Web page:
# A simple integral, II

Here is problem #675 from The Pentagon magazine published by Kappa Mu Epsilon. The problem and the solution below are by Ovidiu Furdui, Campia Turzii, Cluj, Romania.

Let $k$ be a real number with $k \gt -1$. Calculate the double integral

$\displaystyle\int_{0}^{1}\int_{0}^{1}\frac{x^{k+1}y^{k}}{x+y}dxdy.$

There is a way to find this integral actually without computing integrals at all. Well, almost. Let $k$ be a real number with $k \gt -1$. Calculate the double integral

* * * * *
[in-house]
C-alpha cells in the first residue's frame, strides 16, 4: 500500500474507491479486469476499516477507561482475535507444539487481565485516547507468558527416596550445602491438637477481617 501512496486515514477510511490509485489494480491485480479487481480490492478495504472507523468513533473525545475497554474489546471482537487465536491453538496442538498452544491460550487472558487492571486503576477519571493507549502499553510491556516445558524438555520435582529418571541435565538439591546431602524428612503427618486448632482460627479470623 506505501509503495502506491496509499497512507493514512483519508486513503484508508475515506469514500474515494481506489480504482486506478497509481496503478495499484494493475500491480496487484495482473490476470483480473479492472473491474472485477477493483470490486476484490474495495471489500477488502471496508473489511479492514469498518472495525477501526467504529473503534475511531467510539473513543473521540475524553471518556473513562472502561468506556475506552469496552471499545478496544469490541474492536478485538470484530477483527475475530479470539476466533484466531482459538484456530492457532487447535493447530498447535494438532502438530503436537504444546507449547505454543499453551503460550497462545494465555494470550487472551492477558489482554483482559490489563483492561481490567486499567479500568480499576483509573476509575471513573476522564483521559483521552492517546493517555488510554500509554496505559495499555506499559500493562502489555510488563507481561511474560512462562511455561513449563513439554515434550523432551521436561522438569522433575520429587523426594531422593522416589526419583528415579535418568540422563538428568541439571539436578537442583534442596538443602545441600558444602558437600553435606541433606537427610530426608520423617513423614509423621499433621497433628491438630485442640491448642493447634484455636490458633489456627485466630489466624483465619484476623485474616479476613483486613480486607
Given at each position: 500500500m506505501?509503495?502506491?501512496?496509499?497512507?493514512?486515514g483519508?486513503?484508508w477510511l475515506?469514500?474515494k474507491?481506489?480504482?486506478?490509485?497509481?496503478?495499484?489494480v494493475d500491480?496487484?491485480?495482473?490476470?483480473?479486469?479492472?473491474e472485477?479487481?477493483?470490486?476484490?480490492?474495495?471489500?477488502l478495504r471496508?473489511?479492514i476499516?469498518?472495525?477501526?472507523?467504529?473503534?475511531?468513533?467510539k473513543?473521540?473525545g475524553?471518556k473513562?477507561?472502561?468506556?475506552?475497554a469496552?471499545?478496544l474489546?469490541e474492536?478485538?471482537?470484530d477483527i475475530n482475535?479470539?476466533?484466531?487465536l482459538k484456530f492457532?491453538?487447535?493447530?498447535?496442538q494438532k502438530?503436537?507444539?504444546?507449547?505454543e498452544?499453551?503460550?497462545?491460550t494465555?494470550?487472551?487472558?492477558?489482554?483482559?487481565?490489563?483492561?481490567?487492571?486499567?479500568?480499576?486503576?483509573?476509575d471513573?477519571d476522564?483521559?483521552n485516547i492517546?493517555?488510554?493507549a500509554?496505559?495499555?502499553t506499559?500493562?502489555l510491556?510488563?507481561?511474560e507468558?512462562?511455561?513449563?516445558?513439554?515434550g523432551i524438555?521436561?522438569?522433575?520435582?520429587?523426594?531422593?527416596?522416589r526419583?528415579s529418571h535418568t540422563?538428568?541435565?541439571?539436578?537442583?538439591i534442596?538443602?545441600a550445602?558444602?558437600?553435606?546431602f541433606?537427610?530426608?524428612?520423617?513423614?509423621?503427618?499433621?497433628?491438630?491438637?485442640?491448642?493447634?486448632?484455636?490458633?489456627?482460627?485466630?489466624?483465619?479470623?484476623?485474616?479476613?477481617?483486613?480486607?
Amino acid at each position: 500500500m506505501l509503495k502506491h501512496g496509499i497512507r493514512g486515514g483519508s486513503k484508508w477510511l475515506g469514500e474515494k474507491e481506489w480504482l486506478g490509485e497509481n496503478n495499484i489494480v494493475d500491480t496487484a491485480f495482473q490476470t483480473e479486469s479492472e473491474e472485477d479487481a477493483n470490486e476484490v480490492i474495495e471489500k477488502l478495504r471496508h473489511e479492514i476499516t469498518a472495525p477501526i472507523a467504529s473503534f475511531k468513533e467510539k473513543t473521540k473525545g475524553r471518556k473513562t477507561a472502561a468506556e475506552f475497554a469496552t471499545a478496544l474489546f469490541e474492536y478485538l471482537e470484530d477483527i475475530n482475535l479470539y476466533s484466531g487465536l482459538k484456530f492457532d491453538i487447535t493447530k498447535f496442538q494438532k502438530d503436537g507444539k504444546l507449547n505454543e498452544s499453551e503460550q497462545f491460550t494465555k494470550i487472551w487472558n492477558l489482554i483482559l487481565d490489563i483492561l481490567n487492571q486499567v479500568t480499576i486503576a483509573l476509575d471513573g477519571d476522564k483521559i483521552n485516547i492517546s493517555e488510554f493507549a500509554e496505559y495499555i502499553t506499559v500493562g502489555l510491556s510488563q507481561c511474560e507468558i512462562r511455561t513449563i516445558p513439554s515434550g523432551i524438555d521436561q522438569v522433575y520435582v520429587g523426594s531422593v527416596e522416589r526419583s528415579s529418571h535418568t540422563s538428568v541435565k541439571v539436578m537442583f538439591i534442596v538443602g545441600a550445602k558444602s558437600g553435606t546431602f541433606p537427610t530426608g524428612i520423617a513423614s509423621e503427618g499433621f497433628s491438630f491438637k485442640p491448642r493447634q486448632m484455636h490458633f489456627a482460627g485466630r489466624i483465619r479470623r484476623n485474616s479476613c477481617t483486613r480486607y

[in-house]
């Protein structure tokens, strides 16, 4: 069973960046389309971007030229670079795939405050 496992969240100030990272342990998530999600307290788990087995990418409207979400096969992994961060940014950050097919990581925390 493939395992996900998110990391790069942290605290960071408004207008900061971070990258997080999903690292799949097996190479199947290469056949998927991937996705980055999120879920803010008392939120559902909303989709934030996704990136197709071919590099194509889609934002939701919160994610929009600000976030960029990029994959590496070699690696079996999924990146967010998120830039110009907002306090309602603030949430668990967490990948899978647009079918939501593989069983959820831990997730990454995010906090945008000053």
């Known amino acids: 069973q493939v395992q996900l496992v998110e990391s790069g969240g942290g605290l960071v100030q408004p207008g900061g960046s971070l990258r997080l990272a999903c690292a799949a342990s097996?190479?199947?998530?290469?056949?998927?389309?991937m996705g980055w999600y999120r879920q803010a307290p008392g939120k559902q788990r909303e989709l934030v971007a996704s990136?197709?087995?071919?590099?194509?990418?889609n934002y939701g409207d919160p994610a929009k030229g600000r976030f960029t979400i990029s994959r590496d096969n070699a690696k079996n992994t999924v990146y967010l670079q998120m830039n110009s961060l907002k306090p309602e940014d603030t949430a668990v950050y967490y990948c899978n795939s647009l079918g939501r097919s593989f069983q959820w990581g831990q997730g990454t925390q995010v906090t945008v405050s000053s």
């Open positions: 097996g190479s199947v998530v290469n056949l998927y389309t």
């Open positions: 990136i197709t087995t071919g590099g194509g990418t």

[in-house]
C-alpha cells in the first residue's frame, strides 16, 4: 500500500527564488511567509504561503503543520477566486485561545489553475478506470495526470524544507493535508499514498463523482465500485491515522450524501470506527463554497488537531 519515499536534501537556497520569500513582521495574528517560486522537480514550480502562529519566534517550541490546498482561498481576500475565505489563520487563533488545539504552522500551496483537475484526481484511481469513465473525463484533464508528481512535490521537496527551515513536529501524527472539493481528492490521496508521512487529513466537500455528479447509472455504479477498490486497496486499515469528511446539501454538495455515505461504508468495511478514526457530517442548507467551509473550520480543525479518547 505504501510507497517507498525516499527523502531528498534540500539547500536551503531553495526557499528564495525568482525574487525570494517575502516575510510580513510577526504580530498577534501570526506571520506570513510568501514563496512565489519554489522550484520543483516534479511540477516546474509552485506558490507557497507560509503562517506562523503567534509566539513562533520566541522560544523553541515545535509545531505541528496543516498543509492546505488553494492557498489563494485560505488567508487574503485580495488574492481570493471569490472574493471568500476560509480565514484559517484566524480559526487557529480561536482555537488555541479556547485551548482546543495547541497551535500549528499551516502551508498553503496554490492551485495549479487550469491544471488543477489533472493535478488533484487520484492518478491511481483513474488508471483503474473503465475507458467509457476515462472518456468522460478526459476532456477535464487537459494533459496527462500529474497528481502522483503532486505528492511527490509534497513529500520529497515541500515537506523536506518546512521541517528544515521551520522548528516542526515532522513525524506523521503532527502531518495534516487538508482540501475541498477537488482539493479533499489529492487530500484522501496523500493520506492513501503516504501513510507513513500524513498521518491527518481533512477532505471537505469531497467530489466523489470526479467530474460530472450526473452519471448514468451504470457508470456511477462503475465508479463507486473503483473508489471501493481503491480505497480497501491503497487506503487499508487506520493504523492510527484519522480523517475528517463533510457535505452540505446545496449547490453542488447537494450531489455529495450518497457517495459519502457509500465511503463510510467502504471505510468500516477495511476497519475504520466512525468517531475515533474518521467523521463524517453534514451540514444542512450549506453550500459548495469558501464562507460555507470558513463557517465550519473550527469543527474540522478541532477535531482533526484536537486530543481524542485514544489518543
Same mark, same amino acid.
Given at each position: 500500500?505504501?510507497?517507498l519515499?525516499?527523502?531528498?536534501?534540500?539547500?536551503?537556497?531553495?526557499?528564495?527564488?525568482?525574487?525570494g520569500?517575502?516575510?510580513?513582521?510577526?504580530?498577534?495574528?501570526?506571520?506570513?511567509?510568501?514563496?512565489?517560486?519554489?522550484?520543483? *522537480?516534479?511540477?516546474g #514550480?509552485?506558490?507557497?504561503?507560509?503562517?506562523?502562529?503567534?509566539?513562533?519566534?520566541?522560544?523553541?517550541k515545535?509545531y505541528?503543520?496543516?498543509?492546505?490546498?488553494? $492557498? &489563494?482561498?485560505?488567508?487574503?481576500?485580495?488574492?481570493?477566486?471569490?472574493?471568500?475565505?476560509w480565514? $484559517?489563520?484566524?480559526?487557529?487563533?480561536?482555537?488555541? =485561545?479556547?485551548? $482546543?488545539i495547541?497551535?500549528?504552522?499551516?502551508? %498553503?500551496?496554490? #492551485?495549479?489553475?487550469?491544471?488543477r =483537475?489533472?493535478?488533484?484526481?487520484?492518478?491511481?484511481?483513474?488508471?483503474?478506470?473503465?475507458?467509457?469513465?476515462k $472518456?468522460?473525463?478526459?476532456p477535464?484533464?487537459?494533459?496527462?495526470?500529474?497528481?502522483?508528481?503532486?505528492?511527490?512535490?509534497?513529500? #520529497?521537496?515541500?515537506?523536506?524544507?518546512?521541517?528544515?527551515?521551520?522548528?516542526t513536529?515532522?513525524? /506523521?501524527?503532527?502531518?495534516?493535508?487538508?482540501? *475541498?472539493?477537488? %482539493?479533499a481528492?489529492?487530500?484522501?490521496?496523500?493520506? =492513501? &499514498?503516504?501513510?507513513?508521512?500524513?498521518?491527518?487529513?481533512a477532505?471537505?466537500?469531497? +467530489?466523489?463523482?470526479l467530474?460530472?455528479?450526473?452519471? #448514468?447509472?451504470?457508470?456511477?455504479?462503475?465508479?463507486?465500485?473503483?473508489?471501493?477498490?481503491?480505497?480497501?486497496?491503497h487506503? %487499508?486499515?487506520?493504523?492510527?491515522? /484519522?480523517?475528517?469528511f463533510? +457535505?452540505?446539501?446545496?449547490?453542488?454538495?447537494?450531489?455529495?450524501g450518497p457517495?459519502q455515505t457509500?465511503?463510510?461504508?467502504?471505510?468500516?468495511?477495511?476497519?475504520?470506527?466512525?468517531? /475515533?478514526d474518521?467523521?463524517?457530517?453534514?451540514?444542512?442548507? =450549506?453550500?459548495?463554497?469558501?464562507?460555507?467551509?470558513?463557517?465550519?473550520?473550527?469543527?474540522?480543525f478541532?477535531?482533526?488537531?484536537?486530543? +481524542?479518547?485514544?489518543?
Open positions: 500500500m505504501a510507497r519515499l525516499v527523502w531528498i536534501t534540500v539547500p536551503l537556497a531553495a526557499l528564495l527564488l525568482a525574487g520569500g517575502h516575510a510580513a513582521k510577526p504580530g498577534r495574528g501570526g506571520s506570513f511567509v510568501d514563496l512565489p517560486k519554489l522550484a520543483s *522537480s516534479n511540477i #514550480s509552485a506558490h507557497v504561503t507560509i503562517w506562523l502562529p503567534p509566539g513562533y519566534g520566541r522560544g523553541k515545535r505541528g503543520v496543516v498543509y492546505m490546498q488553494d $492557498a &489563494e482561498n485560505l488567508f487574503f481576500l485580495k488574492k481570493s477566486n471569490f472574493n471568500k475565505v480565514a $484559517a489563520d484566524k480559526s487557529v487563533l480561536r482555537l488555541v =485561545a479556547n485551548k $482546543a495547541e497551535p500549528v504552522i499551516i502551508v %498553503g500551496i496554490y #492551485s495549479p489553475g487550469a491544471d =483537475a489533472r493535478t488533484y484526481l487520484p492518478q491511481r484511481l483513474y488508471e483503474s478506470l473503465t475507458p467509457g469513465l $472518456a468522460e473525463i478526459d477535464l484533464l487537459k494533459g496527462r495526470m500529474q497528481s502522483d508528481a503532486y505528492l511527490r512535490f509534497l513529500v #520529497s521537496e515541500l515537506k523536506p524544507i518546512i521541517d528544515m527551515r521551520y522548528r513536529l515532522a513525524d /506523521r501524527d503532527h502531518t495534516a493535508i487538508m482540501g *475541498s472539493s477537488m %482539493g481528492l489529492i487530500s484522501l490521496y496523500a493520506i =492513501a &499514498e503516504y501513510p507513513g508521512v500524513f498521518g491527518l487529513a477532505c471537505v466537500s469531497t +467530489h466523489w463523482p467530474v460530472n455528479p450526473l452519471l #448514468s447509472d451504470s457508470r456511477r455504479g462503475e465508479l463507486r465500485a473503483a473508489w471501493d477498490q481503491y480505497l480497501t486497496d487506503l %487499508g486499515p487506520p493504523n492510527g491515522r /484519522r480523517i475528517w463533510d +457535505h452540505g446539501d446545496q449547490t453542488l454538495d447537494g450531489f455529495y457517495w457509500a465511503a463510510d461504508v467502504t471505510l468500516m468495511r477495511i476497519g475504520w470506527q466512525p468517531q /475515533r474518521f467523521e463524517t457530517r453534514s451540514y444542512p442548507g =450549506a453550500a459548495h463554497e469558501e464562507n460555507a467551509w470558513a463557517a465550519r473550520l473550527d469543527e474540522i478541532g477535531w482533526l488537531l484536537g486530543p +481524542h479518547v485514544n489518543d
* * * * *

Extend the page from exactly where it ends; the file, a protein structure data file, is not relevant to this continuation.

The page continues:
$\displaystyle\int_{0}^{1}\int_{0}^{1}\frac{x^{k+1}y^{k}}{x+y}dxdy.$

### Solution

Let $I$ denote the value of the integral. By symmetry, we have

$\displaystyle I=\int_{0}^{1}\int_{0}^{1}\frac{x^{k+1}y^{k}}{x+y}dxdy=\int_{0}^{1}\int_{0}^{1}\frac{x^{k}y^{k+1}}{x+y}dxdy.$

Therefore,

\displaystyle \begin{align} I &= \frac{1}{2}(I + I) \\ &= \frac{1}{2}(\int_{0}^{1}\int_{0}^{1}\frac{x^{k+1}y^{k}}{x+y}dxdy+\int_{0}^{1}\int_{0}^{1}\frac{x^{k}y^{k+1}}{x+y}dxdy) \\ &= \frac{1}{2}\int_{0}^{1}\int_{0}^{1}{x^{k}y^{k}}dxdy \\ &= \frac{1}{2}\frac{1}{(k+1)^{2}}. \end{align}